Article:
Distinct at its Core: The Innovative Use of BubbleDeck at Entrada

Kristy Eudy

Standing at almost 150 feet, the Entrada creative office is a towering structure taking shape and making its mark amid a skyline of growth across Culver City. Emerging off the 405 Freeway near Sepulveda, six elevated office floors are seen atop five levels of parking, with an additional level underground. A striking introduction is made upon entering the site at Centinela Blvd, with overhanging cantilevers jutting forward and an expansive view of the palatial ground floor, housing forthcoming shops and restaurants. 

At the point of recently topping out, the grandeur of Entrada is evident as the smooth concrete finish and sprawling open surfaces are already showing off. Prior to installing the sleek curtain wall, the shell of the building currently boasts what will be the future floors and ceilings—to be sealed and used as they are, revealing the true character of the edifice.  

Constructing Entrada in this manner, with extensive open spaces, and the minimal interruption of columns, is only possible because of how the core of each level was made. Unlike traditional methods of post-tension or waffle slab applications, Entrada’s decks instead contain a hollow BubbleDeck lattice that help sustain its design and make it one of the largest projects in the state--covering over 700,000 square feet of the monolithic-like building. 


Originating in Denmark and used throughout Europe in the last few decades, use of the BubbleDeck is gaining speed in the US due to its environmental benefits and its reduction of concrete. The BubbleDeck grids are fabricated off site and contain cross sections of rebar and recycled hollow balls spaced out between the bars. This wire mesh cage, which measures approximately 8 ft by 20 ft, is then placed on top of a layer of rebar that is installed on a formed plywood deck and topped with an additional layer of rebar—creating a sandwich around the bubbles. The concrete is initially poured four to six inches, allowing it to set and hold the bubbles in so they do not float as the second layer is poured. During the pour phase of the project, Entrada maintained a schedule of 11,000 sf deck pours every other day.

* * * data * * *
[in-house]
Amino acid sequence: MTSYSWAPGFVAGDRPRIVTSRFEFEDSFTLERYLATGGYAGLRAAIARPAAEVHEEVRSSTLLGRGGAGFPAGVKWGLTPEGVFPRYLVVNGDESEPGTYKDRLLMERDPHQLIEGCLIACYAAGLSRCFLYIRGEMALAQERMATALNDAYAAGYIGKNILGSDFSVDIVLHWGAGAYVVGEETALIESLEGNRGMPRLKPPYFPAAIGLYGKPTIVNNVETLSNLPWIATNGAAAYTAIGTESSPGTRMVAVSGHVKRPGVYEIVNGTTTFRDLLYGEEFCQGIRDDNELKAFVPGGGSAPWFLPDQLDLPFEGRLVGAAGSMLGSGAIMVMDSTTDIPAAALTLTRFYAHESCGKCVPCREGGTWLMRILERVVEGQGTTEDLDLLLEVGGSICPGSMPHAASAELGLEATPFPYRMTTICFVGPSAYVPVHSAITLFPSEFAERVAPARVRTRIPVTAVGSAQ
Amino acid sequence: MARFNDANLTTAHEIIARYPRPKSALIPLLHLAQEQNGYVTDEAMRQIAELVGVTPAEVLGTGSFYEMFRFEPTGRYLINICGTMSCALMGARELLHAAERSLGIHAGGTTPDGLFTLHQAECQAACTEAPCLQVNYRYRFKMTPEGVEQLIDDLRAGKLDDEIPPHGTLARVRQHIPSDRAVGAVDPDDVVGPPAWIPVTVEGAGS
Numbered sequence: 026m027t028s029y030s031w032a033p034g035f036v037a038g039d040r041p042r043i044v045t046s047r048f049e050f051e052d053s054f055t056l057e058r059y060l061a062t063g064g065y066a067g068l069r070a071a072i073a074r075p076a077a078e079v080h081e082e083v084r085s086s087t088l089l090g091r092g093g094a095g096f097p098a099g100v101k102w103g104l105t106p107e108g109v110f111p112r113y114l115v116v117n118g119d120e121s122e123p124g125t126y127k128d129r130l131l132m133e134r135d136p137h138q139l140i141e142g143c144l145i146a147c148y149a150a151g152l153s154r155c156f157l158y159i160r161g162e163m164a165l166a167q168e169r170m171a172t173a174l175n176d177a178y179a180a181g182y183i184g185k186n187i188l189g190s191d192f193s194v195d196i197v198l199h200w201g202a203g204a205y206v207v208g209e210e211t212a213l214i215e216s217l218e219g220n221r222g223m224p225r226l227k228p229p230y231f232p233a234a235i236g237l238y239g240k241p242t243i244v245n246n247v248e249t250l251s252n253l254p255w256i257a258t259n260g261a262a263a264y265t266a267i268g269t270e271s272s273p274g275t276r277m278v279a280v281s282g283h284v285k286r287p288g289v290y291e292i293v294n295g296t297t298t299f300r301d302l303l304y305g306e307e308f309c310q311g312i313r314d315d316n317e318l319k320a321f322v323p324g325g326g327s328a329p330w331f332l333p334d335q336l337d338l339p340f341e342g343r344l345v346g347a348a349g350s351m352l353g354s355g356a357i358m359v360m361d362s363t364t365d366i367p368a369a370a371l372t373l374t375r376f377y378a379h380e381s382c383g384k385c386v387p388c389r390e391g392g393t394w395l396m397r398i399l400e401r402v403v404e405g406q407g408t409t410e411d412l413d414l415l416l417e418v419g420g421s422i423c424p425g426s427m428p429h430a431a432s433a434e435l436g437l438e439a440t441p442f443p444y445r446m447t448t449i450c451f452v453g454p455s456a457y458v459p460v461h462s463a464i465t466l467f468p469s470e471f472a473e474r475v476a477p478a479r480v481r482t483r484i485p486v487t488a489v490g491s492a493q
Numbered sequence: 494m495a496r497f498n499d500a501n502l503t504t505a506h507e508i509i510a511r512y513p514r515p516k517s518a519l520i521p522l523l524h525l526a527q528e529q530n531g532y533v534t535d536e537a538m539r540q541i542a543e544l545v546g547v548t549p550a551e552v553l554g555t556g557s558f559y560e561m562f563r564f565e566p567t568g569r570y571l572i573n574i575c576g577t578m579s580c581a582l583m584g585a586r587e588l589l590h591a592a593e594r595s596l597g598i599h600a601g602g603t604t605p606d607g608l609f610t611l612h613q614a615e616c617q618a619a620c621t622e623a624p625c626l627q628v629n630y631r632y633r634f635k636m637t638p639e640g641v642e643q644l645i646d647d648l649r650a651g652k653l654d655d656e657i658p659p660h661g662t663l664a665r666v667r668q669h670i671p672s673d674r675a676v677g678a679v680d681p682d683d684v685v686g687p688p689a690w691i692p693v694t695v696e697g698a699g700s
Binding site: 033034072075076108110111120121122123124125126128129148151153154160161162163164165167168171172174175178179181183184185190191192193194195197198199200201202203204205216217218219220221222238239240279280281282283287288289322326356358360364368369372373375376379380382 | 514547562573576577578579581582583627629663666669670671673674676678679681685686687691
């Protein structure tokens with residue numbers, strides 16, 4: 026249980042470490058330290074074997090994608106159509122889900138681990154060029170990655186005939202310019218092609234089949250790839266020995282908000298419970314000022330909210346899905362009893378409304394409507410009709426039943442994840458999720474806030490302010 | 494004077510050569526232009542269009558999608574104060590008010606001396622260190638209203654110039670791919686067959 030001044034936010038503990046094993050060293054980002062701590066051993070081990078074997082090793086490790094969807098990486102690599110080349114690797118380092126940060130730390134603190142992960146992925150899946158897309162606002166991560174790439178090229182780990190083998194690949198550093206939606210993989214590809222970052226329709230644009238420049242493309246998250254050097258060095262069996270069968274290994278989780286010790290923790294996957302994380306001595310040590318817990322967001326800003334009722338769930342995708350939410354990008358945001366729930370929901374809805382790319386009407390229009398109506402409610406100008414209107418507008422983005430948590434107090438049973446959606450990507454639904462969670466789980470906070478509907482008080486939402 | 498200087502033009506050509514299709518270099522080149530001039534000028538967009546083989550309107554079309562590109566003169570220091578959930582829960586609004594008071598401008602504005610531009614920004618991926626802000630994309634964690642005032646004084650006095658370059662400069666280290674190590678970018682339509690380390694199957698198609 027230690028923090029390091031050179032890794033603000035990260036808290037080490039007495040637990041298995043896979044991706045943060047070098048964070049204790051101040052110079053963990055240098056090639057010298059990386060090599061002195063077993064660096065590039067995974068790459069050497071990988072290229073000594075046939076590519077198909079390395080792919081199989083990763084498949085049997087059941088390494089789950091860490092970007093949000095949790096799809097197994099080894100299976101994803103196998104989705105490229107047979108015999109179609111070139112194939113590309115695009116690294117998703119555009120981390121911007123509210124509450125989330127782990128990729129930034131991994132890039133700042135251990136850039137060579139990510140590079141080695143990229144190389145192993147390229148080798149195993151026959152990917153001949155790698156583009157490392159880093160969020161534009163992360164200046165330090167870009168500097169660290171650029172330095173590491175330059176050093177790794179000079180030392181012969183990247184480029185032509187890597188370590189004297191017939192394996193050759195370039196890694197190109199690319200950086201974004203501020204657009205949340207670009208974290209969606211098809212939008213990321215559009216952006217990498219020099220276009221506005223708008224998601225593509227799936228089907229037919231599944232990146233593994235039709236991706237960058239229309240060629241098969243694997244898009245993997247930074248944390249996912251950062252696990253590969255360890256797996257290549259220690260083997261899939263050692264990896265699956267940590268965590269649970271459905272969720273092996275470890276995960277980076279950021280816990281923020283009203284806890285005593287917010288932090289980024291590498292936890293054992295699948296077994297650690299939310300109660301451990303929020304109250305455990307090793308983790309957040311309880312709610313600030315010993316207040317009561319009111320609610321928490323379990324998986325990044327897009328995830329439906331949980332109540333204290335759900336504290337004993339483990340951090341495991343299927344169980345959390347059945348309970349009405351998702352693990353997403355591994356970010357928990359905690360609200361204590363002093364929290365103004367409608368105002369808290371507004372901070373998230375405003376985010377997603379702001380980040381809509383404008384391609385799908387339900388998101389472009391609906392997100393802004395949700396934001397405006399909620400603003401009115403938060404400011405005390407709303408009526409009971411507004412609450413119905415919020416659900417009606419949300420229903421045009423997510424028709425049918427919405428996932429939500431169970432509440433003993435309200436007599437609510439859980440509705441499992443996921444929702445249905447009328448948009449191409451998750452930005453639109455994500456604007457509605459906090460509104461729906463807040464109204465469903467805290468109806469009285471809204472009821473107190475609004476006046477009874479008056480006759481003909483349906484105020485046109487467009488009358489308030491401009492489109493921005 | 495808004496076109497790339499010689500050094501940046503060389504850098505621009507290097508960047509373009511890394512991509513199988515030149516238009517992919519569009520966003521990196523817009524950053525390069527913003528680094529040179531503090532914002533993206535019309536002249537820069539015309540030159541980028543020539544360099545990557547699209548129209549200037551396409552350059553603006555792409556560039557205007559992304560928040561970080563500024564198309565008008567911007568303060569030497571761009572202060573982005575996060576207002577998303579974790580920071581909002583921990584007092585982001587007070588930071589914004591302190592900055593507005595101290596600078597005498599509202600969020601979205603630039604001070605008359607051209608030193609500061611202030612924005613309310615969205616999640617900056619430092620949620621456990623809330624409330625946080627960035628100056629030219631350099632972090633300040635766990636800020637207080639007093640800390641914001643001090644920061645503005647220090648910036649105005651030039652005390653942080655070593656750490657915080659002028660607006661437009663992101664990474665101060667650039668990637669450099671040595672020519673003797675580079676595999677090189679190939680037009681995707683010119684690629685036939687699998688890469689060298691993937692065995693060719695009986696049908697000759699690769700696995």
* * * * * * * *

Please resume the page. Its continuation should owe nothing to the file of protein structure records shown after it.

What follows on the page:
According to the project’s structural engineer, without the use of this method, the seismic weight would be nearly 40% higher with all the concrete used. Meanwhile, the void created by the bubble cells allows for a wider column placement of up to 45 feet. For Entrada, the method is advantageous from an aesthetic standpoint. Less columns are needed to interrupt the space, and potential deflection issues are minimized. 

Early in the design stage, KPRS Division Manager Corey Evans consulted with the architect and engineering teams to propose the method and employ its use within the structure. As the workplace is changing, with the desire for flexible, creative environments meant to inspire, the design and construction of Entrada were adapted to meet those needs. 

The purposefully stacked offices of the mixed-use development will provide sweeping views for tech and media companies seeking sought-after space in Culver City. Multiple balconies and a sky-deck at the first office floor bring an ease of connecting outdoors. As Entrada is constructed with more versatility for the end user, KPRS anticipates its meaningful impact in the region as industry leaders soon occupy its floors.  

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